Pangu has today released the first public untethered jailbreak for iOS 9, which can be installed on iPhone, iPad or iPod touch. This includes the latest iPhone 6s and iPhone 6s Plus and every public version of iOS 9 (iOS 9.0, iOS 9.0.1 and iOS 9.0.2), meaning its now technically possible to reach beyond what’s possible in the Apple App Store on Apple’s latest devices. The jailbreak software is available for free, but right now there’s only a Windows installer available. Mac support will probably follow in the future but a date has not been announced.
As with all unofficial unsupported software for iOS, 9to5Mac would advise proceeding with caution before installing the jailbreak. Make sure to backup your devices in case of data loss and remember that jailbreaking will void your warranty, if Apple repair staff detect it has been used. We have confirmed that the jailbreak does work but results may vary so be sure to keep backups.
As with all software of this ilk, there are a few gotchas to keep in mind. The Pangu FAQ recommends disabling Find My iPhone and passcodes to maximise the success rate of the jailbreak process. The jailbreak process also clashes with the iOS system OTA updater. If you find the iOS 9 jailbreak failing repeatedly, try doing a full restore of the iPhone firmware through iTunes before attempting a jailbreak again. Check out the Pangu website for more details.
The importance of jailbreaking iOS devices has gone way down as Apple gradually implements many of the key jailbreak apps in the OS, especially with the inclusion of stuff like extensibility and Notification Center widgets. However, there are still some definite benefits you can get from access to an unmonitored, unregulated app store. Steve Troughton Smith this morning showed a proof-of-concept hack to get split-screen iOS 9 multitasking working on an iPad Air via the Pangu jailbreak. You can grab the code for this from GitHub.
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Another gotcha is that you have to completely trust the developers and anything apps you install with this jailbreak, because in essence you are handing them root privileges forever to your device. Any “sandboxes” are effectively destroyed.
Fortunately, people who jailbreak are hackers that review code in detail before giving any code unfettered admin rights, but there are some people that don’t bother or don’t know how to do this, and some jailbreak code isn’t open source so you have to go through the nasty business of disassembly, which is a huge pain.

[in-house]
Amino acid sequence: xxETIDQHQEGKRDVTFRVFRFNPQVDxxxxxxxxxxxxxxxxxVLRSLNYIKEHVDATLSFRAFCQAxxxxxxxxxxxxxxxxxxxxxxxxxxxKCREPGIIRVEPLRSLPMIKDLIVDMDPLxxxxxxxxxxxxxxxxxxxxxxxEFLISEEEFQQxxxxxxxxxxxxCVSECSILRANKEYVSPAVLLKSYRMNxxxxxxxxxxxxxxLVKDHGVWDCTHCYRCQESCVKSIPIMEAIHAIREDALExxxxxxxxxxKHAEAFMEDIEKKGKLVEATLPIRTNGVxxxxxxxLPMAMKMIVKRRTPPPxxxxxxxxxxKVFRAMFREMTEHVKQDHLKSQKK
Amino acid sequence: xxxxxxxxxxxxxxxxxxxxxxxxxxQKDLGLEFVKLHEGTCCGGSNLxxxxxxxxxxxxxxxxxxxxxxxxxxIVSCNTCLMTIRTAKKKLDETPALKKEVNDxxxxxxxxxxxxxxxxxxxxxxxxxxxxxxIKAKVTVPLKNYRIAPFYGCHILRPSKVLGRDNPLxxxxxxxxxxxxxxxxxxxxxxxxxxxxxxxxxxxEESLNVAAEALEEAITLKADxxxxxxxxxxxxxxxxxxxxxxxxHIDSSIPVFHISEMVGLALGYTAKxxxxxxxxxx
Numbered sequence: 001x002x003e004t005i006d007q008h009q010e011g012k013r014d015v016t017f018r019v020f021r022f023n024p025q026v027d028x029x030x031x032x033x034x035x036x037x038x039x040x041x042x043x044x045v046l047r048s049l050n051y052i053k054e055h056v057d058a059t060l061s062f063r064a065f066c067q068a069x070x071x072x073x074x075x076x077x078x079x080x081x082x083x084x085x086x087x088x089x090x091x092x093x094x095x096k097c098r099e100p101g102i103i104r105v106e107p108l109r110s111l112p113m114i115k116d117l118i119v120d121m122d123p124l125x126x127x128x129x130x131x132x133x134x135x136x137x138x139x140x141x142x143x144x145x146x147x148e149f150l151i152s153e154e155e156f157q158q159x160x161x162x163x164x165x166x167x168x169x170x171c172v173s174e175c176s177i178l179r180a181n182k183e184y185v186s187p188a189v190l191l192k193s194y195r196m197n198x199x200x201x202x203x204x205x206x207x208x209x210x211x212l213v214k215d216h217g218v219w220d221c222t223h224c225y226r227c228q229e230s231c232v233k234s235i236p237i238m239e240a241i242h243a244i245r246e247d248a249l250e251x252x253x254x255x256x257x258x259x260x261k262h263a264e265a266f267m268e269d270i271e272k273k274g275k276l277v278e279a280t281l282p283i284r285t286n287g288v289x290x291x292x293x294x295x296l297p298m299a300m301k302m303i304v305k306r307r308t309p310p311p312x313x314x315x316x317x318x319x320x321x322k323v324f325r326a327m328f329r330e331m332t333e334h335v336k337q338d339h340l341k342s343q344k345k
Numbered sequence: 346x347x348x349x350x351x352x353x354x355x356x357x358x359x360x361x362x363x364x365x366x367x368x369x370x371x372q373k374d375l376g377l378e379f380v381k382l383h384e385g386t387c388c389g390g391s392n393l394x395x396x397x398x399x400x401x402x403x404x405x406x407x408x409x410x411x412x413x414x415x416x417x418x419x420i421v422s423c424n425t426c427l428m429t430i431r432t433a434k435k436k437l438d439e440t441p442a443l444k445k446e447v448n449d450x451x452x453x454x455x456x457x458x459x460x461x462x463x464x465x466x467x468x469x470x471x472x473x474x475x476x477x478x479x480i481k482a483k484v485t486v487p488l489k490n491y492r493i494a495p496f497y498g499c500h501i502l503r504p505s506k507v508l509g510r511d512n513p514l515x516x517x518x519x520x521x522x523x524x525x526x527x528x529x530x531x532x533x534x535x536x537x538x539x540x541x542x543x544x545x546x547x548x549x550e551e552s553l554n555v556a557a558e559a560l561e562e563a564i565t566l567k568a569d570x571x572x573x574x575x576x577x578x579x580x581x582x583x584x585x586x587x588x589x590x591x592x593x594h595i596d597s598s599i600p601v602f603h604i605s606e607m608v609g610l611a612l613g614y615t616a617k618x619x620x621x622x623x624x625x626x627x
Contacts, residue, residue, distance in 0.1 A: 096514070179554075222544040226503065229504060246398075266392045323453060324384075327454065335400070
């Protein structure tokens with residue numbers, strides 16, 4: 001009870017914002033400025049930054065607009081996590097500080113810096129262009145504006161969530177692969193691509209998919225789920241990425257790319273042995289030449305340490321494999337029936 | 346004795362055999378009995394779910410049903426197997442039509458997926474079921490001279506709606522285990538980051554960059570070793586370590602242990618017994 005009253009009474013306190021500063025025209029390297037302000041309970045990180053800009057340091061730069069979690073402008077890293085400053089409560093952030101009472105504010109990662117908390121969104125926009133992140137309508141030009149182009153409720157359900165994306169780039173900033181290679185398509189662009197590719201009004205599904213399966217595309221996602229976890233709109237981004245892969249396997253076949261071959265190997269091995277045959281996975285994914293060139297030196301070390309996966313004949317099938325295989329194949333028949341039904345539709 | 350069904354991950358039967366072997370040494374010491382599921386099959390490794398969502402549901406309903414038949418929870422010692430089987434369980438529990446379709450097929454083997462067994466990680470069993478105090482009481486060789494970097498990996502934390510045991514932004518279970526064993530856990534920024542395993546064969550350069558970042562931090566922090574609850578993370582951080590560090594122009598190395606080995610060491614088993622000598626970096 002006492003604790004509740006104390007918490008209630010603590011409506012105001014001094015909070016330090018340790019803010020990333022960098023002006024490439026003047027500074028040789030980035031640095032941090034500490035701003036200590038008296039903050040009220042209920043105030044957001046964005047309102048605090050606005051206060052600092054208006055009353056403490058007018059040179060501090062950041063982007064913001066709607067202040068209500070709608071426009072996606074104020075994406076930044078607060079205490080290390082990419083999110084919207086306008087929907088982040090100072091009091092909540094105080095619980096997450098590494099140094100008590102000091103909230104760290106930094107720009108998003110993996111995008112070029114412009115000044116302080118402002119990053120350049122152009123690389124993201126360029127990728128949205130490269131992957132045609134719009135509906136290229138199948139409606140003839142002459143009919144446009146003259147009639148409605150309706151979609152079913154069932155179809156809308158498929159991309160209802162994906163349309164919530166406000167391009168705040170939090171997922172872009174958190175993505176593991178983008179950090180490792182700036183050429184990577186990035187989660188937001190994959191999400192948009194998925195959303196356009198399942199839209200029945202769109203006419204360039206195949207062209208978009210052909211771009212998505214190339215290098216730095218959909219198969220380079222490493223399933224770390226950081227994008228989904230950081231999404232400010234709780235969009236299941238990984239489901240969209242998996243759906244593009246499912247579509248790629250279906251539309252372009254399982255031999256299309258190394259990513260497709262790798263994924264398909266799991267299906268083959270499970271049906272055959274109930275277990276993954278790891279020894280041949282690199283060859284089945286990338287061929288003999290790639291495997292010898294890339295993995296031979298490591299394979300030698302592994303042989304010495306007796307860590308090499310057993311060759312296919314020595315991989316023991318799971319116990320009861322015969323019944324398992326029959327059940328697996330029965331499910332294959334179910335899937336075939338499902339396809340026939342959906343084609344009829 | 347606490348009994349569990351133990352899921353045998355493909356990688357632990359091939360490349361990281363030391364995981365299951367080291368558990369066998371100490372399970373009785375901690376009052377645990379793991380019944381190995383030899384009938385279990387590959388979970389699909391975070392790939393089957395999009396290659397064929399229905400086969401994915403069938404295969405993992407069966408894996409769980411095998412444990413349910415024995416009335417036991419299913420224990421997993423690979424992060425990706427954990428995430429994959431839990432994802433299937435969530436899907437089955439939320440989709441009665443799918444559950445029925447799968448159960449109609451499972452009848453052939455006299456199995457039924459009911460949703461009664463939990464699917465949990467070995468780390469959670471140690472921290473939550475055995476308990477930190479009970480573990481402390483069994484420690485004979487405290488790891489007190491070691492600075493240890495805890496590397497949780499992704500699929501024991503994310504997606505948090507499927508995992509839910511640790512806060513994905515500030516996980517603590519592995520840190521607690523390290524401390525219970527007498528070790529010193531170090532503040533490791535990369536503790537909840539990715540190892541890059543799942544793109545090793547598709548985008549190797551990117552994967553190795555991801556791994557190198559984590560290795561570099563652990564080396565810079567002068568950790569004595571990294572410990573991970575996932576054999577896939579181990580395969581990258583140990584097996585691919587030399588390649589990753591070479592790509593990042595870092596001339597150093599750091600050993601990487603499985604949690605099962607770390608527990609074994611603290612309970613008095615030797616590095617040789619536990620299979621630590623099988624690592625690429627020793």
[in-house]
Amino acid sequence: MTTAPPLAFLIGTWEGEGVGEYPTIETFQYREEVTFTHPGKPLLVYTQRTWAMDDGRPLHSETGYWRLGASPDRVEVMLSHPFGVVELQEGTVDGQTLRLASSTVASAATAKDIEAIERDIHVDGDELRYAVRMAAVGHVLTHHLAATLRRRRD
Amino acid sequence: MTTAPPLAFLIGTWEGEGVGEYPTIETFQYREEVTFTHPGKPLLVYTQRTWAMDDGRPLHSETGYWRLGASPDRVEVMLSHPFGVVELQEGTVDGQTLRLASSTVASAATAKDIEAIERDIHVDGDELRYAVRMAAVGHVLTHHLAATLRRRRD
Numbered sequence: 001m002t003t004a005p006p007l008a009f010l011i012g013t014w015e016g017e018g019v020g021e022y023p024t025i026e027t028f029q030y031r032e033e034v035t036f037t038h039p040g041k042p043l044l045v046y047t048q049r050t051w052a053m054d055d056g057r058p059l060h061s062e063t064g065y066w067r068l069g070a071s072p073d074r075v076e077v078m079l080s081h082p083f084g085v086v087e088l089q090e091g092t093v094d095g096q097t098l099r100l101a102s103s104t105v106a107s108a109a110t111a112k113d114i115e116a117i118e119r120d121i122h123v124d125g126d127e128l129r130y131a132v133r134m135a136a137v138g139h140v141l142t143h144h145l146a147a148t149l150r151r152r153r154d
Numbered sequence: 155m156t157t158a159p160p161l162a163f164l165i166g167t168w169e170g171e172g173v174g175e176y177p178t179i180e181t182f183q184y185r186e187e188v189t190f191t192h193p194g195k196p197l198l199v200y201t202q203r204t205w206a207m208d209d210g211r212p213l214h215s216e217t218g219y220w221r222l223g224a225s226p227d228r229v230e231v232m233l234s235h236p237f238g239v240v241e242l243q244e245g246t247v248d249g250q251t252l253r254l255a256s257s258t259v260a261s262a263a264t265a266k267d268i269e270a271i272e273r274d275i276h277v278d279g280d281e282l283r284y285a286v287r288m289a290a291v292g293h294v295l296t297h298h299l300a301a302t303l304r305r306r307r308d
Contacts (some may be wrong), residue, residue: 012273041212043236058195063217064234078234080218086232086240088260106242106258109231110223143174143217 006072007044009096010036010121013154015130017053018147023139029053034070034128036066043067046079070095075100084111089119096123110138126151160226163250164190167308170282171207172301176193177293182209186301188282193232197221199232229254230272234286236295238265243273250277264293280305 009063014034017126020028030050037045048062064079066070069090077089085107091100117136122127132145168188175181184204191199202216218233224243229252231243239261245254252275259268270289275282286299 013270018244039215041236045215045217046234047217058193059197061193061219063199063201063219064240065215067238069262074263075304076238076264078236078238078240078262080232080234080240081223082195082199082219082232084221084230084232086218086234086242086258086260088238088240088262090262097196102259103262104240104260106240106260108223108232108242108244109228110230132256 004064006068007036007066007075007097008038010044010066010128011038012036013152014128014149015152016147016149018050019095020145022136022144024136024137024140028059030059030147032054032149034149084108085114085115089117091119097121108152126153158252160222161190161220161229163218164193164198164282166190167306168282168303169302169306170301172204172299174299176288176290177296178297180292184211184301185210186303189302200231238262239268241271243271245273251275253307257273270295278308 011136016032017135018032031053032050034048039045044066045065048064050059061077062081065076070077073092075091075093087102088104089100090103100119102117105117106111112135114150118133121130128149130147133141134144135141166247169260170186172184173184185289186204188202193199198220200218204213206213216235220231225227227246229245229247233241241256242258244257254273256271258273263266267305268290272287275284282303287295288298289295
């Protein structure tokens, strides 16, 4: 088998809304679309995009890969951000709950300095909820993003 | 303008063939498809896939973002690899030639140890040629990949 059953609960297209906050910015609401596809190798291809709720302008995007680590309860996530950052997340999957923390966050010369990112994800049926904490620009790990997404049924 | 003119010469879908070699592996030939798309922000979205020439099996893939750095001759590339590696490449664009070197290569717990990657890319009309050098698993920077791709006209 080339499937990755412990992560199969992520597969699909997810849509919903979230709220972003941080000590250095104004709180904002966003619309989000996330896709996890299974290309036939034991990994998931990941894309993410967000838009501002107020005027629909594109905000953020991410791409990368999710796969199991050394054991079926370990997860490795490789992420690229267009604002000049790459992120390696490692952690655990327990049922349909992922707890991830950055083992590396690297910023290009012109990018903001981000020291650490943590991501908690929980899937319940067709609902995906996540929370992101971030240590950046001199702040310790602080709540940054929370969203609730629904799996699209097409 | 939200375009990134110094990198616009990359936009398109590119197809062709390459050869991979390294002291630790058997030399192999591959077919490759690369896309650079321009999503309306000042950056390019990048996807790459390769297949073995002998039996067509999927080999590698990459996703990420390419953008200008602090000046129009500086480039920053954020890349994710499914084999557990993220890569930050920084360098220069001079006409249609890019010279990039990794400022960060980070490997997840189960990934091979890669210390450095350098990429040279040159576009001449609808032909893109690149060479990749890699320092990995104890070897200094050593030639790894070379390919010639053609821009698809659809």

And for that very reason – No Thank You! I like Apple for the very simple reason of “It Just Works” – as well as the design and hardware.
Not an adventuresome kind of person when the risks are quite this high. YMMV
Common sense comes to play here. If it sounds too good to be true, it often is.
conspiracy theorists ftw!
Read the security reports on the Android platform, available through the Android App Stores – and then make that statement. There are too many ways that crooks can get your data without opening another (potential) door for them.
Even Android apps live in a sandbox. (Unless rooted, that is. )
It’s one thing to have malware that tricks you into giving up your private information – as seen in the myriad of Android malware reports.
It’s something else, much worse, to consciously and permanently hand over complete access to your device to unknown software.
That is what jailbreaking is.
What happened to this supposed ‘rootless’ tech that was to be included in ios9 to prevent this?
That was a rumor before iOS 9 was shown off in June and it was a false rumor.
I am dying to see the details – apparently an app installation (maybe some certificate flaw) was able to elevate itself and write to protected areas.
In the instructions looks like both a Pangu and WWDC app got installed in the home screen.
Can’t wait to install Kodi on all iOS devices and share my media library via UPnP. Great stuff!
Also Apple = Just works is just a PR stunt. It has never been true and is also not true. Neither with iOS 9.0.2 nor 10.11. Software is a complex beast. I don’t blame Apple for having bugs and security issues, but the claim “just works” is plain stupid.